TSP or the Thrift Saving Plan is a highly defined-contribution retirement plan that has several investment options that offer its investors with a widely diverse market. TSP members, mostly retired uniformed or federal employees have the opportunity of investing in a wide spectrum ranging from individual and lifestyle funds. Sadly, most TSP members do not have a clear understanding of these investment options, and are simply uninformed and unfazed because of a lack of information offered to them. This means TSP members are intrinsically incapable of deciding in a systematic and rational manner which fund is the most appropriate for them. As of 2018, the Thrift Savings Plan has over 5.5 million users of which 3.3 million users who actively deduct from their payrolls. Administered by the Federal Retirement Thrift Investment Board, it stands to be the largest defined contribution plan.
Available Investment Options in Thrift Savings Plan
A few noteworthy thrift savings plan investment options include but are not limited to, stock funds, lifecycle funds, and bonds.
Bonds – The TSP
When considering TSP bonds, there are two very legitimate options; the F Fund and the G Fund.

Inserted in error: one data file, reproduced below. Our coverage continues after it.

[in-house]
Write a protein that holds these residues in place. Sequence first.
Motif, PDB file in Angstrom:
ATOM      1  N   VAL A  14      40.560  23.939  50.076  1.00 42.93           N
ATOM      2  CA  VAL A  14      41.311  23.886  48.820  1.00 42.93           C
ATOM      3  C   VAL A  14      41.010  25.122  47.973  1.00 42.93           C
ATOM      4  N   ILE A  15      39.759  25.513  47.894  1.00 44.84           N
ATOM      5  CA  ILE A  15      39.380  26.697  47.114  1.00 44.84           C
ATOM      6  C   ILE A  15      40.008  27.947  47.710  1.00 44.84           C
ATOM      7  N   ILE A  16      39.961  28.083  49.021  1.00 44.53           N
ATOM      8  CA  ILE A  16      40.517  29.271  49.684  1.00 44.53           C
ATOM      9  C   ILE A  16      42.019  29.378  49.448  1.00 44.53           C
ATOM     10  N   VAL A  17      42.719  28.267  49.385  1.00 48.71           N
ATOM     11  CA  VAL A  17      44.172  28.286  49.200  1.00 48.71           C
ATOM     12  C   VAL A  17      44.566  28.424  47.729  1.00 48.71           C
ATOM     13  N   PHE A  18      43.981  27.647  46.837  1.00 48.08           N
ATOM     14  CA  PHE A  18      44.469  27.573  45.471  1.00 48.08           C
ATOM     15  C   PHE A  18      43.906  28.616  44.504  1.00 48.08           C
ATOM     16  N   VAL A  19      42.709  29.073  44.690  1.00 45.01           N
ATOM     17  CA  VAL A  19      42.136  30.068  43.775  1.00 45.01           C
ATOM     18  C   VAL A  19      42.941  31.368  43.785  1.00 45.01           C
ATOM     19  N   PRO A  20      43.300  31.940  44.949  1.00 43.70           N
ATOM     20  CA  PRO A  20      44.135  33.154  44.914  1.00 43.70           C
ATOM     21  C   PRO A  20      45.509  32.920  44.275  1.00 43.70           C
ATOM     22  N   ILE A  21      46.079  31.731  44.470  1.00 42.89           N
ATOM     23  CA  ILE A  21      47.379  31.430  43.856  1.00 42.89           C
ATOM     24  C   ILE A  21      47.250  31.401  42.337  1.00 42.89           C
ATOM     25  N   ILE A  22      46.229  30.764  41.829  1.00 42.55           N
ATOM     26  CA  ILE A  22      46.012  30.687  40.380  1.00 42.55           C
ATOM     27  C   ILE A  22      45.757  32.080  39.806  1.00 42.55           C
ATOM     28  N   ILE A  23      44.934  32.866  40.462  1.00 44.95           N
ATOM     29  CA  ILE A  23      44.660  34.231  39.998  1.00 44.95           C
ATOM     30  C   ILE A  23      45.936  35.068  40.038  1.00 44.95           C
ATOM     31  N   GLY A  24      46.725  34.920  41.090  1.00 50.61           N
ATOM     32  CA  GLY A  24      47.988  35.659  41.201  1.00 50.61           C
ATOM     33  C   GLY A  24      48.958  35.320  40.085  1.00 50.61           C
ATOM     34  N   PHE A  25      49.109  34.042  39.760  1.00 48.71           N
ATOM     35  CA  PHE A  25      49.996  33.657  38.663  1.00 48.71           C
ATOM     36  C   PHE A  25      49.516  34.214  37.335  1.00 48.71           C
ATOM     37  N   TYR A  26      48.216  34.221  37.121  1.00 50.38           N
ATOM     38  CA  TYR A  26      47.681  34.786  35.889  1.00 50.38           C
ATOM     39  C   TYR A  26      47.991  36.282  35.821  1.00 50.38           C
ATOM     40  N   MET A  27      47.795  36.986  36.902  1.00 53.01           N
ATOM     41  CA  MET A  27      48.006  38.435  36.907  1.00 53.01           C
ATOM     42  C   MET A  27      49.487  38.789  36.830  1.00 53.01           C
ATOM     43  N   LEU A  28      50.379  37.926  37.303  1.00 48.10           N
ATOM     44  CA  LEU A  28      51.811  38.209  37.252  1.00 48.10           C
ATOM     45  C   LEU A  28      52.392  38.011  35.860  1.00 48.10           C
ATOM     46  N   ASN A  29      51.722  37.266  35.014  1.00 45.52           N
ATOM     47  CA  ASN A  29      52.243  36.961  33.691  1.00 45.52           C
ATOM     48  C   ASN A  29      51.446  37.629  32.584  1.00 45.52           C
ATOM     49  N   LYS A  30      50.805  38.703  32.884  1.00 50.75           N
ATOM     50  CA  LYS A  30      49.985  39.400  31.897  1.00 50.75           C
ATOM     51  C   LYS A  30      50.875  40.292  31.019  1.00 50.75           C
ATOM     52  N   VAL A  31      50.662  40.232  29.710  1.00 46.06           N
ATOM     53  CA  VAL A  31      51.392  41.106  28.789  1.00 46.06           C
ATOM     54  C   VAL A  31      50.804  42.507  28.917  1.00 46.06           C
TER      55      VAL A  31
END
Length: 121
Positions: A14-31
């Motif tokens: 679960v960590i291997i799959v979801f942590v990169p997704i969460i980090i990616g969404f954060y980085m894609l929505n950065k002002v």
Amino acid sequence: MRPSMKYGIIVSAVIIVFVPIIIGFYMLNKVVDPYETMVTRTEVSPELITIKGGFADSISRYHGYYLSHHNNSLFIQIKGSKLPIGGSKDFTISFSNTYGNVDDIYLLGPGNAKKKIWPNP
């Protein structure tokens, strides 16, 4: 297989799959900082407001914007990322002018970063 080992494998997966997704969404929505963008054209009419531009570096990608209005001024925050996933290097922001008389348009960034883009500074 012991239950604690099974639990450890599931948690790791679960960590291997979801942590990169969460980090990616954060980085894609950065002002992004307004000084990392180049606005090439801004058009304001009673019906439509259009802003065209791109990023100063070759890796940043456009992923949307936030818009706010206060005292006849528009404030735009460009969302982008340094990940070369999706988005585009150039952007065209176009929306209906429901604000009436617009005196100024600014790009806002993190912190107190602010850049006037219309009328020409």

The F Fund is an index fund, used to invest in high-value US government and corporate bonds – making it well-diversified and bulky with a glossary of over 7,800 varieties of bonds from multiple agencies and corporations. However, F Funds involve a multitude of risks including but not limited to: market risks, where interests rise and returns fall,
On the contrary, G Funds invest in specific non-market treasury security, issued by the government. G Funds will ensure that you don’t lose any money, by allowing investors to earn similar interest rates to long-term US Treasury bonds. This makes G Funds ideal for oriented investors who would prefer putting money in a savings account or alternatively buying bank certificates of deposits.
From a historical standpoint, it can be observed that the long term returns of the F Fund are higher than that of the G Fund.
When evaluation bonds, investors will face one highly significant risk that stands out amongst the rest – the risk of rampant inflation, which should remind investors to always take into account the rate of inflation. The rule of thumb is – if your return of investment is lower than the rate of inflation, the value of the investment in question will be declining over time.
The above-stated information helps us come to a major conclusion, bonds have proven to be a very “slow and steady” investment option compared to the traditional alternative, stocks. While Bonds will not always give the highest return, they will rarely lose much value whenever crisis strikes – making it much safer and rational than Stocks in this sense.
Stock Funds – The TSP
TSP offers three kinds of stock funds, namely the C Fund, the S Fund, and the I Fund; all three of which are primarily index funds. The S Fund and C Fund are both stock funds based in the United States whereas the I Fund is an international fund.